(26) The effect of Section 4(e) and (f) of the Amending Act, inter alia, was that every employee of the Municipal Corporation of Delhi appointed or deemed to be appointed for purposes of Delhi Transport Undertaking stood transferred as an employee of the new Corporation and was to hold office by the same tenure on the same remuneration and on the same terms and conditions of service as' he would have held if the new Corporation had not been established and was to continue to hold said office unless and until his terms and conditions of service were duly altered or terminated by the new Corporation.

(27) Another effect of Section 4(e) was that all orders, rules and regulations relating to Transport services, whether made under D.R.T. Act or under the Municipal Corporation Act and in force immediately before the establishment of the new Corporation, were to continue to be in force and were to be deemed to be Regulations made by the new Corporation under Section 45 of the Act unless and until they were superseded by Regulations made under section 45 of the Act. thereforee, the Regulations framed under D.R.T. Act and the orders issued by the General Manager Transport dated 9th March, 1967 including the office order No. 32 dated 9th March, 1967 mentioned earlier also continued to be in force.

(28) Section 45 of the Act confers powers on the Corporation created under the Act to make Regulations with the previous sanction of the State Government for administration of the affairs of the Corporation.

(29) Section 12 of the Act provides for power to appoint committees and delegate functions. It is advantageous to reproduce Section 12 of the Act which reads as under :

'POWERto appoint committees and delegate functions :-

ACorporation may, from time to time, by resolution passed a meeting-

(A)appoint committees of its members for performing such functions as may be specified in the resolution;

(B)delegate to any such committee or to the Chairman or -Vice-Chairman subject to such conditions and limitations, if any, as may be specified in the resolution,, such of its powers and duties as it may think fit;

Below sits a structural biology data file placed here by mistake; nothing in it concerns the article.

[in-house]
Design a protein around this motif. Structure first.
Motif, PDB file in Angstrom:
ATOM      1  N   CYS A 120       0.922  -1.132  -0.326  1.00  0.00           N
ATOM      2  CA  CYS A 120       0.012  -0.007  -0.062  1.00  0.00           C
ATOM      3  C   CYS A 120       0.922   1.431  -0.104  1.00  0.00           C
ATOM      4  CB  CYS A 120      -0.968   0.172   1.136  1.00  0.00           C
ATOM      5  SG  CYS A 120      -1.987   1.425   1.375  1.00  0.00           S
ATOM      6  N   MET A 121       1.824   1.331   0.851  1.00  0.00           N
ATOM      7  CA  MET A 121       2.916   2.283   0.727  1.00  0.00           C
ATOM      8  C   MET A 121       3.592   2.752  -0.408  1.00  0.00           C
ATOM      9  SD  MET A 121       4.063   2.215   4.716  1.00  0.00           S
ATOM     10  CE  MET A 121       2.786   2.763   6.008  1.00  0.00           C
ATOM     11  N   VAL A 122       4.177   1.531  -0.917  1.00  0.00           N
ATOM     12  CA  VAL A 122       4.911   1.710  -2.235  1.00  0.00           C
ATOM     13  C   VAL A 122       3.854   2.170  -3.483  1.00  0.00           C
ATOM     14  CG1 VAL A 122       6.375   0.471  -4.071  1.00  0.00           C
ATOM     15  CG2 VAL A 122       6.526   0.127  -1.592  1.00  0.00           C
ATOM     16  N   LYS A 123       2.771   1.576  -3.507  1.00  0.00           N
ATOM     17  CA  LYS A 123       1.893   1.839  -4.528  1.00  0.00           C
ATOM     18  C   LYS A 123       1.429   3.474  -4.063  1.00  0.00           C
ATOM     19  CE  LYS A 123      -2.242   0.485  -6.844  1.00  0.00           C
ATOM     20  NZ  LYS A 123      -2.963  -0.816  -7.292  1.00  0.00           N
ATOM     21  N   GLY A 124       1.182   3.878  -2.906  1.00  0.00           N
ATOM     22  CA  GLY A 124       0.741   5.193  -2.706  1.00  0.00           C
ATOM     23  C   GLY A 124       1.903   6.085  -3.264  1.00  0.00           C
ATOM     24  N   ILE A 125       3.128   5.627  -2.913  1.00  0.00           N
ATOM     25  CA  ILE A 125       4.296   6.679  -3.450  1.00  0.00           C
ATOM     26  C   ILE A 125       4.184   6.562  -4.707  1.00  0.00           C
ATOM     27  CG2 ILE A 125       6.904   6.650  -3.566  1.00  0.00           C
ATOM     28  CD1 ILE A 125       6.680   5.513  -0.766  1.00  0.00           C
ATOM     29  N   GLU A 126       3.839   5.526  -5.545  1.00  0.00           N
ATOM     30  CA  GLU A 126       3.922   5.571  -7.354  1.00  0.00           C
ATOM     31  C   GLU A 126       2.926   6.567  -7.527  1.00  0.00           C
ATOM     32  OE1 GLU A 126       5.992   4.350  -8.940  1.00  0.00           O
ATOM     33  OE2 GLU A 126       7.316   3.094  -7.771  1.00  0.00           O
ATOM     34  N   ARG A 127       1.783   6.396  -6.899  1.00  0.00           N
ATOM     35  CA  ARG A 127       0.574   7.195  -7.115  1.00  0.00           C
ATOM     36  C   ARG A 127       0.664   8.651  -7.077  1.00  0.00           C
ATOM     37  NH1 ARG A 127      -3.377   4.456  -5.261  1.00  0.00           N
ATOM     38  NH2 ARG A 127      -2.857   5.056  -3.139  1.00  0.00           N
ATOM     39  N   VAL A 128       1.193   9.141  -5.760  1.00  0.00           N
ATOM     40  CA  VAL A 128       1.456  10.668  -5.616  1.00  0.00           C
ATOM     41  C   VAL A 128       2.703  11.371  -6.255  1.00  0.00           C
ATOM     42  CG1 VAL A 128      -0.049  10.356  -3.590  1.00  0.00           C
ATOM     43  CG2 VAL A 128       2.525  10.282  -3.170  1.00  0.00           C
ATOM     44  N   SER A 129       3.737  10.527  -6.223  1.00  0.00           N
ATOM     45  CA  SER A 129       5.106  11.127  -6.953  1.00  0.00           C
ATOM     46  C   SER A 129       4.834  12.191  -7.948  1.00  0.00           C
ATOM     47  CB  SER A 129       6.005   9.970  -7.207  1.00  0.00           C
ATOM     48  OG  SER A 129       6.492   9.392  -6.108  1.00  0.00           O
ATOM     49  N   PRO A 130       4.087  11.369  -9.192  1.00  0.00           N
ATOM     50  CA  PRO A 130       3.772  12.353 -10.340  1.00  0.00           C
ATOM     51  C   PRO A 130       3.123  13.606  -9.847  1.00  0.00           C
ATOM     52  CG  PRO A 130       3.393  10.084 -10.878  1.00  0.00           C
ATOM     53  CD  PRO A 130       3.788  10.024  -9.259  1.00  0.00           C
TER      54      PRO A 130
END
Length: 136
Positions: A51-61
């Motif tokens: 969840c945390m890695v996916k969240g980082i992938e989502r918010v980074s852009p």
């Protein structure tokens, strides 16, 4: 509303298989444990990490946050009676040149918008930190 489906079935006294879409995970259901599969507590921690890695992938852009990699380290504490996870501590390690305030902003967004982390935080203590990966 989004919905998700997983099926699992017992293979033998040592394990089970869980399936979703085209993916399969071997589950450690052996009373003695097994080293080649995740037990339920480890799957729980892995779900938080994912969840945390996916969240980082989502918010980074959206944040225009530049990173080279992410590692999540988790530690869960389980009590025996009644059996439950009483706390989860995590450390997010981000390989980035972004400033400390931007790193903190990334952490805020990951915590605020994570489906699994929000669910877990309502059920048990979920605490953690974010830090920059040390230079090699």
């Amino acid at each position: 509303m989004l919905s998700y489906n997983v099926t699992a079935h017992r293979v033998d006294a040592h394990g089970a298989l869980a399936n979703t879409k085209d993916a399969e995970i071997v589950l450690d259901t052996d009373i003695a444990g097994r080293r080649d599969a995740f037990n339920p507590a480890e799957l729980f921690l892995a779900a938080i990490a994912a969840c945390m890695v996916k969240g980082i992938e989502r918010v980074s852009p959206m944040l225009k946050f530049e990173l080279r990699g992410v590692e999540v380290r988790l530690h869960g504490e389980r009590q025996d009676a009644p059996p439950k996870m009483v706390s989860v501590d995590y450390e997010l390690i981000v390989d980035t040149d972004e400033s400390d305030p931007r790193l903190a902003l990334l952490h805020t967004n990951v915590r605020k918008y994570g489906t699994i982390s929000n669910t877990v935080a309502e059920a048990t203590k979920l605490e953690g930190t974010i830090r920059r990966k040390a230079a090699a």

(C)authorise the Chief Executive Officer or General Manager or any other officer of the Corporation subject to such conditions and limitations, if any, as may be specified in the resolution, to exercise such powers and perform such duties as it may deem necessary for the efficient day-to-day administration of its business.'

(30) Section 12(b) of the Act in relation to the Union territory of Delhi, has been amended by Section 7(a) and Schedule I of the Amending Act. The effect of the amendment in relation to Union territory of Delhi is that the words 'Chairman' or 'Vice-Chairman' have been substituted by the words 'Chairman, Vice-Chairman, Chief Executive Officer, the General Manager, the Deputy General Manager or the Chief Accounts Officer of the Corporation'. The power under -section 12 is of the Corporation established under the Amending Act read with Section 3 of the Act.

(31) On 18-11-1971, the new Corporation, namely, Delhi Transport Corporation in its meeting held on 18-11-1971, passed the following resolution No. 4 :

'RESOLVEDthat as proposed by G.M. in, his letter No. GM/4/71 dated 16-11-1971 the Delhi Transport Corporation hereby authorised under Section 12 of the Road Transport Corporation Act, 1950, read with Delhi Road Transport Law (Amendment) Ordinance, 1971, the General Manager and other Officers of the Delhi Transport Corporation who were) delegated with powers under the D.M.C. Act, 1957 to continue to exercise such administrative and financial powers which they had been exercising prior to the setting up of the Delhi Transport Corporation. The Officers will exercise their powers subject to the general control, supervision, and review of the General Manager'.